The Qbead system offers a number of advantages for highly multiplexed biological and genetic applications. The broad excitation spectra and narrow emission spectra of the nanocrystals make it possible to excite many different nanocrystals as well as the fluorophore of the hybridized target with a single wavelength of light, resulting in emission colors that can be detected simultaneously. Moreover, it is possible to produce nanocrystals that emit light at any desired wavelength with a narrow 20–30 nm FWHM (full-width at half maximum) band width by controlling the mean size and size distribution of nanocrystals during synthesis. Nanocrystals also have superior stability and a reduced photo-bleaching rate as compared with organic fluorophores (29
). One of the key features of nanocrystal-encoded bead technology is the potential encoding capacity that enables the high level of multiplexing necessary for genetic analysis. In theory, N
intensity levels with m
colors will produce Nm
– 1 unique codes. For example, a combination of five colors and six intensity levels theoretically would produce 7776 unique codes. In practice, however, fewer unique codes may be produced due to spectral overlapping, fluorescence intensity variations and signal-to-noise requirements. Nonetheless, a realistic scheme using 5–6 colors with six intensity levels would be expected to yield at least 10 000–40 000 recognizable codes (31
). When compared with other bead-based technologies such as the Luminex platform (33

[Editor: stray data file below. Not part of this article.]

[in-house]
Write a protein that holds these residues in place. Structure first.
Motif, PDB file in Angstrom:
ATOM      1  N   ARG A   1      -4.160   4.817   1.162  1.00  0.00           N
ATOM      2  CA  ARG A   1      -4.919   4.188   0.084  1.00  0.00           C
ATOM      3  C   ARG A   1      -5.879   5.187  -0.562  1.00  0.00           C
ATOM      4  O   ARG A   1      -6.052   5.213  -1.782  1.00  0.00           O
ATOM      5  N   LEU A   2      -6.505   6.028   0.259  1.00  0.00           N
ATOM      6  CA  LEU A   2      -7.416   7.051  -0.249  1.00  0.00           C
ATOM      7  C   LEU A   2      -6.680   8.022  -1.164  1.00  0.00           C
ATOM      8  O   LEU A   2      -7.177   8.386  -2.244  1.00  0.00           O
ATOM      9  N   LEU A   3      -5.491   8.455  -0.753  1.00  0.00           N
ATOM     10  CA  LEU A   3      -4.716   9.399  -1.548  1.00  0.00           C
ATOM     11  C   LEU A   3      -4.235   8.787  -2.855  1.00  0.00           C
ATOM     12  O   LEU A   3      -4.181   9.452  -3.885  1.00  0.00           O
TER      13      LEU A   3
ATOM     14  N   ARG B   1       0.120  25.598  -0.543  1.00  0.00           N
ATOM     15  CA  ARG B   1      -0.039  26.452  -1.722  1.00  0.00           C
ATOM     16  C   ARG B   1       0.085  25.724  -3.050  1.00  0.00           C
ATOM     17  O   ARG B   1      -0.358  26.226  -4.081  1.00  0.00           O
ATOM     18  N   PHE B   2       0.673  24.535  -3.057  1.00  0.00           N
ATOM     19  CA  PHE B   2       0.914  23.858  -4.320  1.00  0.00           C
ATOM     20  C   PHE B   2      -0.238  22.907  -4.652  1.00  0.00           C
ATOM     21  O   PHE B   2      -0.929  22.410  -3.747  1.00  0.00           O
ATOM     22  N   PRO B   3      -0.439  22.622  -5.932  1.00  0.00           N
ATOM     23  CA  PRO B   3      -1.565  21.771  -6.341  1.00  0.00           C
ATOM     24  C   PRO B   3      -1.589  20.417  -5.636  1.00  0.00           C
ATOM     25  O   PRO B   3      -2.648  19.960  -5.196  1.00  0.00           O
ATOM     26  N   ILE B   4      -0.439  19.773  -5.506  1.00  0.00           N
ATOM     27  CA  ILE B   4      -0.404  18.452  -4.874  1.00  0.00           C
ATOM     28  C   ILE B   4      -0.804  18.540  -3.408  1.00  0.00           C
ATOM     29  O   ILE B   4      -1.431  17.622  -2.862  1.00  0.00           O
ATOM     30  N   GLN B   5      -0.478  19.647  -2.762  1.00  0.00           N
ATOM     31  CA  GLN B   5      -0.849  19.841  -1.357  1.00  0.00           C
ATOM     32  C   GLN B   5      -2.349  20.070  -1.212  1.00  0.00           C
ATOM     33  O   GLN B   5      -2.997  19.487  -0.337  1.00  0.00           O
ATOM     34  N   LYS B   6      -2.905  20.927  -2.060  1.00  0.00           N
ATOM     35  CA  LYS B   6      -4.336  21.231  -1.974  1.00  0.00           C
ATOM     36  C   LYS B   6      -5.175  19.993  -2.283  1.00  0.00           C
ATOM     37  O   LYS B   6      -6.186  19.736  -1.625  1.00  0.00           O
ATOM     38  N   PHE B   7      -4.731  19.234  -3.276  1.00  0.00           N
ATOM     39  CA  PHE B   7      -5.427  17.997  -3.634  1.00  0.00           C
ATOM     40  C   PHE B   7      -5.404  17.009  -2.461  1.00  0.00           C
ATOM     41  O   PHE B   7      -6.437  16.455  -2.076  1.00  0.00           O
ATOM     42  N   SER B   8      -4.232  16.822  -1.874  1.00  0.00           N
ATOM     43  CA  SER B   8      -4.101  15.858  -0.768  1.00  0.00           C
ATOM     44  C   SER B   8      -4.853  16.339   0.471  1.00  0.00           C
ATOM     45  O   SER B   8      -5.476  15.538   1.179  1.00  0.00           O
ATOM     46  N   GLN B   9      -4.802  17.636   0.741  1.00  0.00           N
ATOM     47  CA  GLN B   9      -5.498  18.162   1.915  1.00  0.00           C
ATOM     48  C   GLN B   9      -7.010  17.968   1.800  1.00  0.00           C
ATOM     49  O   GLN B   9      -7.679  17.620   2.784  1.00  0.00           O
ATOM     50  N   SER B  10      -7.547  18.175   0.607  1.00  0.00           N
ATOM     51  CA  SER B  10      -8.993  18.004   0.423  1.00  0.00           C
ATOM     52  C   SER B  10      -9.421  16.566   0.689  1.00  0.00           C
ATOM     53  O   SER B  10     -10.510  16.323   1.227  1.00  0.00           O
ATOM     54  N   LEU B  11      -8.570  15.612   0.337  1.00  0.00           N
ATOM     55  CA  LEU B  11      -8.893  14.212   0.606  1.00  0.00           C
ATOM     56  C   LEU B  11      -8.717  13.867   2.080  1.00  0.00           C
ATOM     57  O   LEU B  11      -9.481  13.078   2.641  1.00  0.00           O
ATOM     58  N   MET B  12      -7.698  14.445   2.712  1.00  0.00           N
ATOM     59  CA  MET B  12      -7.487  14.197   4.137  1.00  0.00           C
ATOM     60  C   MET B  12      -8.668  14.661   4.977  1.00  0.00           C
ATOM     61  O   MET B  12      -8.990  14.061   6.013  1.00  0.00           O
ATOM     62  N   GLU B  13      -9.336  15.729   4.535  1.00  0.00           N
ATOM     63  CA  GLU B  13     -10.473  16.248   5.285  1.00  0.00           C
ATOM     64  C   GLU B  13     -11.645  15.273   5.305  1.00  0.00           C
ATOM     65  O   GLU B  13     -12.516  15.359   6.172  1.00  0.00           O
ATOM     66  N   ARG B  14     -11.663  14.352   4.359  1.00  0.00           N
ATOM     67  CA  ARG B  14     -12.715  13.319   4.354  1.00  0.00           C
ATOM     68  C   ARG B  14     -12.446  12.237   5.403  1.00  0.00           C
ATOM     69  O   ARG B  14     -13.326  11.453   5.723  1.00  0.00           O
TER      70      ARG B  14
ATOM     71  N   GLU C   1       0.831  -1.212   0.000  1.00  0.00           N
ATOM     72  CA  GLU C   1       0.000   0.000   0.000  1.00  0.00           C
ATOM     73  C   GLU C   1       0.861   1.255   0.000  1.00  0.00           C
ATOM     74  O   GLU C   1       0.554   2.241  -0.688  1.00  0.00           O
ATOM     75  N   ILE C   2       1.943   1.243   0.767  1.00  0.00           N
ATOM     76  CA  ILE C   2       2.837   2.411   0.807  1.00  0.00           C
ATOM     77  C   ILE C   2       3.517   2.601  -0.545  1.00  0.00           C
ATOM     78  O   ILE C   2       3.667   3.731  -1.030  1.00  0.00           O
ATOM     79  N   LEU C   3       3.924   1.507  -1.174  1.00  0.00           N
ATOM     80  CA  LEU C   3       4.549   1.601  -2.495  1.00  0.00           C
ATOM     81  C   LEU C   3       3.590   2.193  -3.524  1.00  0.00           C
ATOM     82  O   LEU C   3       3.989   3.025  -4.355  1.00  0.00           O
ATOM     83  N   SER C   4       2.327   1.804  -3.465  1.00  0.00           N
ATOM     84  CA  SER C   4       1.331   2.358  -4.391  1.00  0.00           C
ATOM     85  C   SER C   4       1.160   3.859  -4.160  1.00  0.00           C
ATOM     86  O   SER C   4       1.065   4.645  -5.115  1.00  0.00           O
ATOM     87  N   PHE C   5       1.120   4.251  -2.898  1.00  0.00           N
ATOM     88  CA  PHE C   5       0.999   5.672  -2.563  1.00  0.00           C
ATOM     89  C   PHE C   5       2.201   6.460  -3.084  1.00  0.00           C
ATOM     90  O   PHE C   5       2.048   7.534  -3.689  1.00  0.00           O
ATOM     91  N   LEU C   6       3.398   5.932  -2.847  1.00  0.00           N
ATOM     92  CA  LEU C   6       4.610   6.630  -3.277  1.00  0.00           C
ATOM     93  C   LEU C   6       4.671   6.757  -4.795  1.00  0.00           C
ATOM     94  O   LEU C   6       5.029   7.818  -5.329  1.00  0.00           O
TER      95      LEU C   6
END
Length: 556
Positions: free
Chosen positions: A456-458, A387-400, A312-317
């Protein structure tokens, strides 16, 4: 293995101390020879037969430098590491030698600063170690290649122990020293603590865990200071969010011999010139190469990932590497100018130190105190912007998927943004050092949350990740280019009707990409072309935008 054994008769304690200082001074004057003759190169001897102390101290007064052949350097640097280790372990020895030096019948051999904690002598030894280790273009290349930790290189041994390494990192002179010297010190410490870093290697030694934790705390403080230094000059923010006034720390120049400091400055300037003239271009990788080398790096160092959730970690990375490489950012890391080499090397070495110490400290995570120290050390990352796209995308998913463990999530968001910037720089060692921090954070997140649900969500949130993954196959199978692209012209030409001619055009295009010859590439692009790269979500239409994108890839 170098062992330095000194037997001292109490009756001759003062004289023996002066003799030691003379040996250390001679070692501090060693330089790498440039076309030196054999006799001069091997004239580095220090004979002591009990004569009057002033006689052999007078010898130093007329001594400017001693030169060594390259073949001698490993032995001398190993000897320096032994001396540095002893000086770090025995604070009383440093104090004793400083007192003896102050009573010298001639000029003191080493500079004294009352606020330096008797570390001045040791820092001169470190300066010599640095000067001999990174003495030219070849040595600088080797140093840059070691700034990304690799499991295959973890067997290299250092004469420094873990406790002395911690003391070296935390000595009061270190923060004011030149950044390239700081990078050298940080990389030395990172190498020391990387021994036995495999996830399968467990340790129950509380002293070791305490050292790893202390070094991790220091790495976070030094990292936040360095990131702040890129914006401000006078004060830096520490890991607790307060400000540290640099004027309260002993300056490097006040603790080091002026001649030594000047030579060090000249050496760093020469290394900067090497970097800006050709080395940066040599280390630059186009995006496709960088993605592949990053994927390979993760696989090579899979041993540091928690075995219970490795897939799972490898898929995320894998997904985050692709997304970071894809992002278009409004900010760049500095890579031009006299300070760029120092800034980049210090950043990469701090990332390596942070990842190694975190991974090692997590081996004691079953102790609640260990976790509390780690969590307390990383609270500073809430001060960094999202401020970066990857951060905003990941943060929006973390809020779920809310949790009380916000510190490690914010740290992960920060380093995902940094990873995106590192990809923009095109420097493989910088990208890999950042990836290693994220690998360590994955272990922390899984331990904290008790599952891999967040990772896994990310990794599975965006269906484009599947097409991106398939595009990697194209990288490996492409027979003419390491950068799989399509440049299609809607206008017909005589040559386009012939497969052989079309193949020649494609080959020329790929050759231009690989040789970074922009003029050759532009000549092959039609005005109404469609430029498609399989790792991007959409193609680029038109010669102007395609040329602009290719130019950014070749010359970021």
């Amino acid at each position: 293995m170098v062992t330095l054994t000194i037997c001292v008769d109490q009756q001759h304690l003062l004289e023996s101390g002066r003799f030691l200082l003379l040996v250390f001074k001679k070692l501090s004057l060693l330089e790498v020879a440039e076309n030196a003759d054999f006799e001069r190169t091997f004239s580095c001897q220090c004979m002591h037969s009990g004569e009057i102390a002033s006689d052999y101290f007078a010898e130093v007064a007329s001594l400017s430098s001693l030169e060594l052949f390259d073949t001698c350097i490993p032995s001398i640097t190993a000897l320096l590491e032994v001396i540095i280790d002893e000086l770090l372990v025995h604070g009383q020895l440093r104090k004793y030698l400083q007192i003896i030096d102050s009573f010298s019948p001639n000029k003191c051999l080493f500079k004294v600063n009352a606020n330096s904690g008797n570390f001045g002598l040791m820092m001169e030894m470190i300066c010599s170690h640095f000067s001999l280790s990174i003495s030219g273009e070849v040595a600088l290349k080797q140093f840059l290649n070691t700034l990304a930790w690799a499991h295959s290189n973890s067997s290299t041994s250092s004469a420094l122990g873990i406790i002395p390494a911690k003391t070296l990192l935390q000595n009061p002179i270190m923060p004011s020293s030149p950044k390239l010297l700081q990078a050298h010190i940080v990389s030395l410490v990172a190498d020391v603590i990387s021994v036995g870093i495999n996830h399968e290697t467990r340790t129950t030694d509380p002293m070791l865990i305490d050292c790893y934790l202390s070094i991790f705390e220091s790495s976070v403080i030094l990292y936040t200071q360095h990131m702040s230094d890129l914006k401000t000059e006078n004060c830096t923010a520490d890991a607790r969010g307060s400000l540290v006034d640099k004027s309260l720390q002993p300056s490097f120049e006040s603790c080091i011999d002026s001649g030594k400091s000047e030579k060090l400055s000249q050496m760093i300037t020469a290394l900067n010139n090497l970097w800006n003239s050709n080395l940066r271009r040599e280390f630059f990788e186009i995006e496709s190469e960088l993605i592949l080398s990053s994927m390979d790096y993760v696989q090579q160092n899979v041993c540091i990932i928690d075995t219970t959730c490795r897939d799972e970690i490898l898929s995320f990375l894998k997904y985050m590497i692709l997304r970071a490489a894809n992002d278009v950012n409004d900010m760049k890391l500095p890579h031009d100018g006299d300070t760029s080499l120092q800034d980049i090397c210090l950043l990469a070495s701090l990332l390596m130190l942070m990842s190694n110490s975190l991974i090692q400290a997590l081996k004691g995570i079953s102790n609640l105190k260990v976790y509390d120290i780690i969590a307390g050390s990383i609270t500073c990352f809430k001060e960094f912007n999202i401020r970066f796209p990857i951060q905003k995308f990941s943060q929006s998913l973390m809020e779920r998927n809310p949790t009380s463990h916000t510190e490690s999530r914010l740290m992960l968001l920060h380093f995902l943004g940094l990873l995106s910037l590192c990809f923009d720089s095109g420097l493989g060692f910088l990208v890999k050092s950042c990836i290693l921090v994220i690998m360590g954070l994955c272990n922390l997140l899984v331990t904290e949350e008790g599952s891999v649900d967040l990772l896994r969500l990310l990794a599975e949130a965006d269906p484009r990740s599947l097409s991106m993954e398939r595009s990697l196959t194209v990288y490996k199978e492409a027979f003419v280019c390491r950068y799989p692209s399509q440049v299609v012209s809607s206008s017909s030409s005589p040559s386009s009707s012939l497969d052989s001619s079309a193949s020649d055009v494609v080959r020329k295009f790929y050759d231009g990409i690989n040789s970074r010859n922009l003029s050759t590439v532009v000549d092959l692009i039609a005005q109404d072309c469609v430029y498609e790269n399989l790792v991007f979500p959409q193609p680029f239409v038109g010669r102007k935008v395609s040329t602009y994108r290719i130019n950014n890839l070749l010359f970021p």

), the Qbead system provides much more potential upside in terms of multiplexing since thousands more spectral codes are possible using nanocrystals instead of traditional dyes.
Our study demonstrates several key features of the Qbead system that are important for SNP genotyping. First, the Qbead system is highly accurate. In analyzing 86 SNP genotypes from GSK genomic DNA samples and 200 SNP genotypes from Coriell genomic DNA samples, results of the Qbead system were 100% concordant with those of direct DNA sequencing. In fact, the call rate of the Qbead system was higher than that of DNA sequencing. Whereas sequencing discerned 280 of the 286 genotypes tested (97.9% call rate), the Qbead system identified 286 of the 286 SNP genotypes (100% call rate). One possible explanation for the relatively low call rate by DNA sequencing is that the PCR products may not have been sufficiently clean for DNA sequencing, despite purification of products with the QIAquick™ PCR purification kit. Nonetheless, using the same samples without QIAquick™ PCR purification, the Qbead system was able to discern SNP genotypes for all samples tested. In determining the 940 SNP genotypes of the GSK genomic DNA samples, results of the Qbead system were 100% concordant between operators and 100% concordant with results of the GSK 5′ nuclease TaqMan® in-house assays.